Using the poems studied so far; discuss the range of Hardys subject matter, as well as the methods used in presenting this subject matter to the reader.

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Using the poems studied so far; discuss the range of Hardy’s subject matter, as well as the methods used in presenting this subject matter to the reader.

The range of subject matter in Hardy’s poetry is relatively small. By looking at the poems studied so far, and the repetition of certain themes this can be seen.  A lot of Hardy’s poetry is drenched in nostalgia.  Of the poems studied so far, many of them reflect on a past incident.  Past experiences are remembered in poems like; The Waterfall, We Sat At The Window and Castle Boterel. In the poems written between 1912 and 1913, these memories are especially painful because they were written in wake of his wife’s death. The poems are almost acts of catharsis as he comes to terms with the loss and reflects on death. He looks back on seemingly insignificant moments which acquire poignancy because of what has preceded them. This is seen in At Castle Boterel when Hardy remarks,

“It filled but a minute. But was there ever
A time of such quality”

Loss is an important subject in the poems studied. Loss is not only discussed in the poems between 1912 and 1913 but also in the poem written after his mother’s death. However, the difference is the nature of this loss. In After The Last Breath hardy tries to reconcile the conflicting emotions of relief and loss which he feels. His mother’s death was the drawn out process of old age which caused everyone around her to be in a permanent state of anxiety. When she dies he feels a “numb relief” which “savours well”. The pain he feels is small in comparison to his joy that she has escaped the “cell” of “time”. His reaction to Emma’s death is different because hers was much more sudden. In The Going he questions the nature of her death,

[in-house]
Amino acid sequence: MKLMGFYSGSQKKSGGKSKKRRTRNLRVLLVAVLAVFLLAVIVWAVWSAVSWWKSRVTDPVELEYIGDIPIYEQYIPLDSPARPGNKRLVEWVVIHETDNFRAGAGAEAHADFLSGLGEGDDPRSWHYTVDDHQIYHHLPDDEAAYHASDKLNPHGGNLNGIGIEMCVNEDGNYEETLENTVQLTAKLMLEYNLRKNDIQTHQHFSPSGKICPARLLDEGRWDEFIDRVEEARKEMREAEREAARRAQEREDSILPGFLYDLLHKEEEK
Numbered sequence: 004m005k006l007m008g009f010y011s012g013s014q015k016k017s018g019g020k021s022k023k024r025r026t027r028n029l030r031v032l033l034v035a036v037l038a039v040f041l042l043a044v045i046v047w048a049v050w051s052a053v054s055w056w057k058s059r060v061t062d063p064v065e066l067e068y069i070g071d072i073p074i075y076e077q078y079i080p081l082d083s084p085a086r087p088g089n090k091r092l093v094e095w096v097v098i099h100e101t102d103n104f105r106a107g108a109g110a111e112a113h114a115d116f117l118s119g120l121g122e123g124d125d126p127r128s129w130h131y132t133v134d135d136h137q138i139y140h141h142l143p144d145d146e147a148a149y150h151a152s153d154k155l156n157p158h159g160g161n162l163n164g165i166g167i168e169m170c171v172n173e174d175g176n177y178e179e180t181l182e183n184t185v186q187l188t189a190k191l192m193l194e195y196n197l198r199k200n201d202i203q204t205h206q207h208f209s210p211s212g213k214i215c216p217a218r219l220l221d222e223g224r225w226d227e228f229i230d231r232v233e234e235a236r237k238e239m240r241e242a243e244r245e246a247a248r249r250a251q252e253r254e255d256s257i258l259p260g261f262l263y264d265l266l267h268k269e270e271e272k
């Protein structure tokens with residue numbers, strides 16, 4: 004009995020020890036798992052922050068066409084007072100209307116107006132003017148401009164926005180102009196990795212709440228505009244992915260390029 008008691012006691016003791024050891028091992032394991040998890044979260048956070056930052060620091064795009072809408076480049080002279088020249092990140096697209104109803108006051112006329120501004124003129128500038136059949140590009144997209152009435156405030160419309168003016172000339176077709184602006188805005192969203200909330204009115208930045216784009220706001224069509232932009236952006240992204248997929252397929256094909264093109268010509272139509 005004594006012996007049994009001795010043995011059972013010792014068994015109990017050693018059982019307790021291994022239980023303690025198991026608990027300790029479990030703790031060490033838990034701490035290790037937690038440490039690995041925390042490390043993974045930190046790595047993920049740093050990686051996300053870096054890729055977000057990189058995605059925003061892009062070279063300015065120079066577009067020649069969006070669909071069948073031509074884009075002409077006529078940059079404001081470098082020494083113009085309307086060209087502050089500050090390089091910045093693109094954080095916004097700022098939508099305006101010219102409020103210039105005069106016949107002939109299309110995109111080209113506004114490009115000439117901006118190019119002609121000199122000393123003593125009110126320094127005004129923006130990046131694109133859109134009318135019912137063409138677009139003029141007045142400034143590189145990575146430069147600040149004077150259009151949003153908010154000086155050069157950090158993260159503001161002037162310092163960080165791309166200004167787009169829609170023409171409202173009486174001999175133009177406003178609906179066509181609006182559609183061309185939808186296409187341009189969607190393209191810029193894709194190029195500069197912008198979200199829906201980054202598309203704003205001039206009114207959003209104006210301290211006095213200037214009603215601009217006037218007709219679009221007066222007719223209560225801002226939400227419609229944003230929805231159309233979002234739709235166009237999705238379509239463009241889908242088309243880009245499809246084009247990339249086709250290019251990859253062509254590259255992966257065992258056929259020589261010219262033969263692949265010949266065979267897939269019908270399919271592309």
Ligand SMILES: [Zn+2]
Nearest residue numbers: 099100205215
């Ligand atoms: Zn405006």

“Why did you give no hint that night

        That quickly after the morrow's dawn,

        You would close your term here, up and be gone”

This poem was written very soon after her death and the tone and emotions are far rawer. He almost blames her for dying and accuses her of being indifferent. What he really regrets is not having the opportunity to say goodbye and he wonders at what they might have said. Hardy feels haunted by her memory and sees her at the “end of the alley”; this idea is developed in The Voice. In The Voice he hears the voice of his dead wife “call to [him]”. In the first line he repeats “call to me” in an onomatopoeic manner which mimics the calling he hears. The repetition of “call” also picks up the word “all” in the third line and emphasises how much she really meant to him.

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In The Walk Hardy juxtaposes the past with the present; this is also done in Beeny Cliff and At Castle Boterel. In The Walk he shows how much has really changed despite the fact that, physically, it appears the same. In the first stanza Hardy is walking up to “the hill top tree” but is walking “alone” because his wife was “weak and lame”. However he does not mind because he doesn’t think of her as being “left behind”. The second stanza shifts to the present; he is walking up the hill in the “former way”. When he returns to ...

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